How to Remove Barriers to Good Communication (part 2 of 2)

Guide to Restoring Trust Couple in Love

Written by LoveRecon

The LoveRecon Team

How to Remove Barriers to Good Communication (part 2 of 2)

July 3, 2020

This is Part 2 of How to Remove Barriers to Good Communication 

  • Fear of being judged.

If I am afraid that my mate will judge me, then I am not going to be willing to engage in honest and open conversation with them.  There are innumerable things that I could fear judgement about – being stupid, being weak, not being spiritual enough, etc.  If you are in a relationship with a controlling or narcissistic person, any perceived weakness of yours becomes the means by which they will attempt to control or manipulate you.  A relationship filled with judgement is not a healthy relationship and not one in which good communication can occur.

  • Lack of time

If you know that you don’t have the time for an in-depth conversation, or a conversation about a sensitive subject, don’t start one! It is unfair to your mate and to you.  Some matters in a relationship need to be discussed when there is plenty of time for both of you to communicate your thoughts and feelings and come to a place of understanding.

 

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  • Lack of trust

Lack of trust shuts the door to heart-felt, transparency in communication.  I will not reveal more of myself to you if I don’t trust you.  It is critical for trust to be rebuilt and restored if you want to move forward in your relationship and communicate on a healthy level.

  • Interrupting

Nothing shows disrespect for your mate in communication more than interrupting them when they are sharing their thoughts and feelings.  It says, “I don’t care what you have to say.  I and my opinion are more important than you and yours.”  And besides, it’s just plain rude to interrupt.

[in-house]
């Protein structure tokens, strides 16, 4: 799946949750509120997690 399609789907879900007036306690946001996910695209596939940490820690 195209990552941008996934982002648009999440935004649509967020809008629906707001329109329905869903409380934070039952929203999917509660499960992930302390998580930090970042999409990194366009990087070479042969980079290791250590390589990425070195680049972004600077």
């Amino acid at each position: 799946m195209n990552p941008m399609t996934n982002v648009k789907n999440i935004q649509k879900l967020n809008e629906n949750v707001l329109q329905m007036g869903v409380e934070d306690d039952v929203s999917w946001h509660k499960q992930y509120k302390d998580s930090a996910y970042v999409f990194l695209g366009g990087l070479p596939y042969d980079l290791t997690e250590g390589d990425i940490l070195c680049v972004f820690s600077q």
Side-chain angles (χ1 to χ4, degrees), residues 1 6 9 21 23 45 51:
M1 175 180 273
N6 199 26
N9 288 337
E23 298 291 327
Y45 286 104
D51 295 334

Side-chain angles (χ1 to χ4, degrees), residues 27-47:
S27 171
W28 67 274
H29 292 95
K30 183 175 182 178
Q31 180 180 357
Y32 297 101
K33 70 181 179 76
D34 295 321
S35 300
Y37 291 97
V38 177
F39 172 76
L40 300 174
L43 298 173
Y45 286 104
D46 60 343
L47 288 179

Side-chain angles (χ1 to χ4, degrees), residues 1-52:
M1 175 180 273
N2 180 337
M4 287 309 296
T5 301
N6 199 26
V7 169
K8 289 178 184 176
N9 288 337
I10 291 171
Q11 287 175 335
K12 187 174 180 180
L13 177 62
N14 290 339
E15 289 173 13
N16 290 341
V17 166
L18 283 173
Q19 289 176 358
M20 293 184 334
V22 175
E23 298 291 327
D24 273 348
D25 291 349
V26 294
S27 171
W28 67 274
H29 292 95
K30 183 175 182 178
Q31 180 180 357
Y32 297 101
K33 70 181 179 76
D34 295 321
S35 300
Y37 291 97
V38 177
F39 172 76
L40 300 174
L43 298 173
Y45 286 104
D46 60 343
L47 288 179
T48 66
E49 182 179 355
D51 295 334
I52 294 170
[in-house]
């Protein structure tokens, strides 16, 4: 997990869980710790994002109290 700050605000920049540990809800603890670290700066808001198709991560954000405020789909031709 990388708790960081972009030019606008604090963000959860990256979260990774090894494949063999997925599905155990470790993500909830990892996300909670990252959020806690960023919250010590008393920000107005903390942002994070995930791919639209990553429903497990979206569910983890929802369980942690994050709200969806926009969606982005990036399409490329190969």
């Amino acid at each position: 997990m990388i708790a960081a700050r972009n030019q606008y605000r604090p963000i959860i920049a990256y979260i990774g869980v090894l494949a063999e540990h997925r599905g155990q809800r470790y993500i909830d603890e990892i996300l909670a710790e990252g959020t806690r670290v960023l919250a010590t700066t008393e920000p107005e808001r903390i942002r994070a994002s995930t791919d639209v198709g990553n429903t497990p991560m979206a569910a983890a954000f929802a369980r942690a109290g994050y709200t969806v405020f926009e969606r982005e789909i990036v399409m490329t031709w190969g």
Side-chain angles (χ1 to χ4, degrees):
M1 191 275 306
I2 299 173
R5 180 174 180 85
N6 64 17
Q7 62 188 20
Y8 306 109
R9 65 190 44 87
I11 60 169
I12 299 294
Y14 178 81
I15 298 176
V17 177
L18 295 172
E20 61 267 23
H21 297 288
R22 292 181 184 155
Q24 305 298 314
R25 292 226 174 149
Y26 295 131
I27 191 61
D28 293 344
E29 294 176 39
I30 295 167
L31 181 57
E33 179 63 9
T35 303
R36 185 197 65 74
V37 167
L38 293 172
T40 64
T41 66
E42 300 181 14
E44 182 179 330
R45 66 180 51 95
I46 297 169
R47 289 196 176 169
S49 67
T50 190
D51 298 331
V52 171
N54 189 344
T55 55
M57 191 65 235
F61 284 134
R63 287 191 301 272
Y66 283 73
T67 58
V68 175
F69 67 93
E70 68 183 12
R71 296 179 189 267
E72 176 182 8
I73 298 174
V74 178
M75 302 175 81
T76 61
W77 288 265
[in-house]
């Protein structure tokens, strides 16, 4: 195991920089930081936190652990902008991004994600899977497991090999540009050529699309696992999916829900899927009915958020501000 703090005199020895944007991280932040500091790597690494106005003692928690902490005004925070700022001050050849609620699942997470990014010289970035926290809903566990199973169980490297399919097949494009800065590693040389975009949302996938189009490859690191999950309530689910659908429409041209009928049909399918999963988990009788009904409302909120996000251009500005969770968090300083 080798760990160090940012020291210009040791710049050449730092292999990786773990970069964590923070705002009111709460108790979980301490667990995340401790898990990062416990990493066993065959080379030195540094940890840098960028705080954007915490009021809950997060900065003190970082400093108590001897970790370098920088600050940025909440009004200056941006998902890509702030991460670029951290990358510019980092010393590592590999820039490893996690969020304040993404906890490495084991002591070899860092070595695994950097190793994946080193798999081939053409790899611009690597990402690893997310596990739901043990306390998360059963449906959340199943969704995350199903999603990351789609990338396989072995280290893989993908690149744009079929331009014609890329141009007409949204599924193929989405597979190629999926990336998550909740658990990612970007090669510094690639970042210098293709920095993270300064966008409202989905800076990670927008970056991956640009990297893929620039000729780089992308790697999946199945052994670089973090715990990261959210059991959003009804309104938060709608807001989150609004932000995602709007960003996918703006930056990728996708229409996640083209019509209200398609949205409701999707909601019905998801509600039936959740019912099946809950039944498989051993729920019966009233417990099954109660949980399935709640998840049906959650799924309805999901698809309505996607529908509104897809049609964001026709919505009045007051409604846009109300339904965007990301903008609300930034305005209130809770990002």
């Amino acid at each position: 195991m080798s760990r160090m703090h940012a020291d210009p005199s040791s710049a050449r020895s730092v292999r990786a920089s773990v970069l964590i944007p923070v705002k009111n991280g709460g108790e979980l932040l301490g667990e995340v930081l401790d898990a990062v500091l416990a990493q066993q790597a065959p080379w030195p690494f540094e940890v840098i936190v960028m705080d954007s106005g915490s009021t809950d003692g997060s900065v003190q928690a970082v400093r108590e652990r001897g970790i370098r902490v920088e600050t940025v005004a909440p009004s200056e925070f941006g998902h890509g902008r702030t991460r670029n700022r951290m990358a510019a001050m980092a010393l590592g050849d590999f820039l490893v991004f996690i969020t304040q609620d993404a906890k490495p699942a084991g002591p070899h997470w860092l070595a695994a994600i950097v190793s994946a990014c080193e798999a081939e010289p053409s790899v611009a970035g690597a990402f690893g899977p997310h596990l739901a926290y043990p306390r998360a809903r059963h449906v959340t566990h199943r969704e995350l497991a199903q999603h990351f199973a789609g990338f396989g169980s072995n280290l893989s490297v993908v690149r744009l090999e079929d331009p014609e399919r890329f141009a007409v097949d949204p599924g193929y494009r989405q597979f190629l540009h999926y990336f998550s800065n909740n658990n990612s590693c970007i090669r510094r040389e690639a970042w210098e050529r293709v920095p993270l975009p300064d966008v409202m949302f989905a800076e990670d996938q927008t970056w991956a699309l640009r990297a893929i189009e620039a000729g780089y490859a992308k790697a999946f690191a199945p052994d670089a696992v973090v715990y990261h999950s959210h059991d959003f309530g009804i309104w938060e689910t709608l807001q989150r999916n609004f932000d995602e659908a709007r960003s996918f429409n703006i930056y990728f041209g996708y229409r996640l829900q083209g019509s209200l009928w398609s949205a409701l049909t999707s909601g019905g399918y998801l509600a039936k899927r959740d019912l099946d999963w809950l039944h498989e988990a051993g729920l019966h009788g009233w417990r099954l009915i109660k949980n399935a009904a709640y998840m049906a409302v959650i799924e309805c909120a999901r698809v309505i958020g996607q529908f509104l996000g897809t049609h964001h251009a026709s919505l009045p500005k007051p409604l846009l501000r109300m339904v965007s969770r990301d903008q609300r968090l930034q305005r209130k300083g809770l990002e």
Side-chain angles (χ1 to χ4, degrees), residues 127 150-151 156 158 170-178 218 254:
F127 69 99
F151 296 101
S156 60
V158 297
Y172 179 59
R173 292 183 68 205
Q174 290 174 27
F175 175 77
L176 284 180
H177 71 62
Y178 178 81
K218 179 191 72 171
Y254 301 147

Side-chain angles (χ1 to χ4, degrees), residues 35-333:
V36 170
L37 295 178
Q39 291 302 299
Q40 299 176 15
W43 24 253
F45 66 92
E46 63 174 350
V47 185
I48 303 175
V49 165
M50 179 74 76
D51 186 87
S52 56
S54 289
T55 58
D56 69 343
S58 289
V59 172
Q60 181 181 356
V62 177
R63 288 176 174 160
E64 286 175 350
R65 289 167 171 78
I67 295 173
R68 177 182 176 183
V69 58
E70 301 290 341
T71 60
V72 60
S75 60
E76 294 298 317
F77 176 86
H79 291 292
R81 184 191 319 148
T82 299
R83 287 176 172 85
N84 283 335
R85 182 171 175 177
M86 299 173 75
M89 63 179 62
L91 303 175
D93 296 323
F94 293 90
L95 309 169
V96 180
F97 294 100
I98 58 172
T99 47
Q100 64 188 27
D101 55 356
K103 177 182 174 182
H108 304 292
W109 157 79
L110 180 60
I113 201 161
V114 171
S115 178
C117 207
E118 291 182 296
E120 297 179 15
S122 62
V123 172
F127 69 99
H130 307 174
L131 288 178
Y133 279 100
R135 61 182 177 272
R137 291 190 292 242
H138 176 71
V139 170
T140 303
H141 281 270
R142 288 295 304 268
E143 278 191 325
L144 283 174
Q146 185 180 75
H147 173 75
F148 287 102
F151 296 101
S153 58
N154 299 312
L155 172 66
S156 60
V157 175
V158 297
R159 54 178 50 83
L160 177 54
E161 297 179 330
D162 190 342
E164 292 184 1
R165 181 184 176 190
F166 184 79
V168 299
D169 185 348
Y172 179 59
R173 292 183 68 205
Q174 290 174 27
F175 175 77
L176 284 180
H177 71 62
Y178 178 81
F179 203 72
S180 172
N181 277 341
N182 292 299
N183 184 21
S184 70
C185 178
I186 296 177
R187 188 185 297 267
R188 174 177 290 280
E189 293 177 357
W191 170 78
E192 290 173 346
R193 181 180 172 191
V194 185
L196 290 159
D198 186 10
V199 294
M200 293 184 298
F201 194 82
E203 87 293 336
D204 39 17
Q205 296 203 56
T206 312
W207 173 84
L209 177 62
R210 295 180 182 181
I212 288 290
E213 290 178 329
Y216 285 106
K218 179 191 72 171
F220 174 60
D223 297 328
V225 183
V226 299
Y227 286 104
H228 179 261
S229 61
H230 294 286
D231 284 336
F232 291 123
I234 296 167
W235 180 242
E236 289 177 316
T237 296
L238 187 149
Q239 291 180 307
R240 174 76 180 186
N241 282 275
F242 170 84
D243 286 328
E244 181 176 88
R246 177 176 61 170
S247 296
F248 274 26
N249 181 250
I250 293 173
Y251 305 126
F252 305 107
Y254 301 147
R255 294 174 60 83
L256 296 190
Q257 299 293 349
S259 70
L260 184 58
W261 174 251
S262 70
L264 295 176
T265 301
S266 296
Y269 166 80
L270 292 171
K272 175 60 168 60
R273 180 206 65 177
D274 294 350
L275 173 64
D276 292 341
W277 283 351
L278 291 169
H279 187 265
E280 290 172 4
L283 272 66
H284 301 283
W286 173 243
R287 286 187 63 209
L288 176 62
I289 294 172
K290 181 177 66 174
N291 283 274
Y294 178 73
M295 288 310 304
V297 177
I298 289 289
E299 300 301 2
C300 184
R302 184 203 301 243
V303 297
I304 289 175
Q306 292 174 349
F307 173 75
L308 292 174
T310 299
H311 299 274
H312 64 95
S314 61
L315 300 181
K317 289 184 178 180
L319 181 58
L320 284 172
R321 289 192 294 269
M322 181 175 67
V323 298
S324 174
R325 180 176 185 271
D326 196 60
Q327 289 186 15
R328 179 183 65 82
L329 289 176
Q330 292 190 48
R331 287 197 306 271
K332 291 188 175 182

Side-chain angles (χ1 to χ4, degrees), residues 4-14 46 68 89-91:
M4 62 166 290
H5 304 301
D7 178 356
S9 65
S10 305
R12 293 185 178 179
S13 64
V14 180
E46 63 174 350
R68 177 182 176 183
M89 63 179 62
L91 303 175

• Wanting to be “right”

The desire to always be right is destructive to communication.  Your mate will experience your competitive spirit and either engage you in “battle” because Couples Retreat Dallas Mad Couplethey are competitive and well, or they will shut down.  Wanting to be right is good in some areas of life.  Wanting to win is healthy in some situations, but a relationship is not one of them.  No one “wins” an argument in a relationship.  No one. You will both lose.  So, give up your right to be right and focus on how you can both “win”.

  • Pushing to solve or resolve an issue

If you are unable to “agree to disagree” or if you have to resolve an issue in that moment before you can move on, then you will miss some of the best solutions and resolutions possible.  Sometimes “agreeing to disagree” in that moment and letting it “marinate” for a few days can bring awareness, insight and solutions that we couldn’t have thought of in the moment.  Not pushing to solve or resolve the issue can give opportunity for continued conversation and communication of ideas.  Having talked it through over a few days, you may actually feel closer to and have more respect for your mate.  A feeling that you wouldn’t have had if you had pushed to resolve the issue.

Open and honest communication from the heart is the oxygen that your relationship needs to grow and thrive.   It may not be natural to you – it isn’t to most people- but you can learn how if you will practice it and if you will remove the barriers that prevent it in your relationship. LoveRecon Seminars and ReconCoaching are two great resources to help you with this vital life-skill.

Read part 1 of 2 here.

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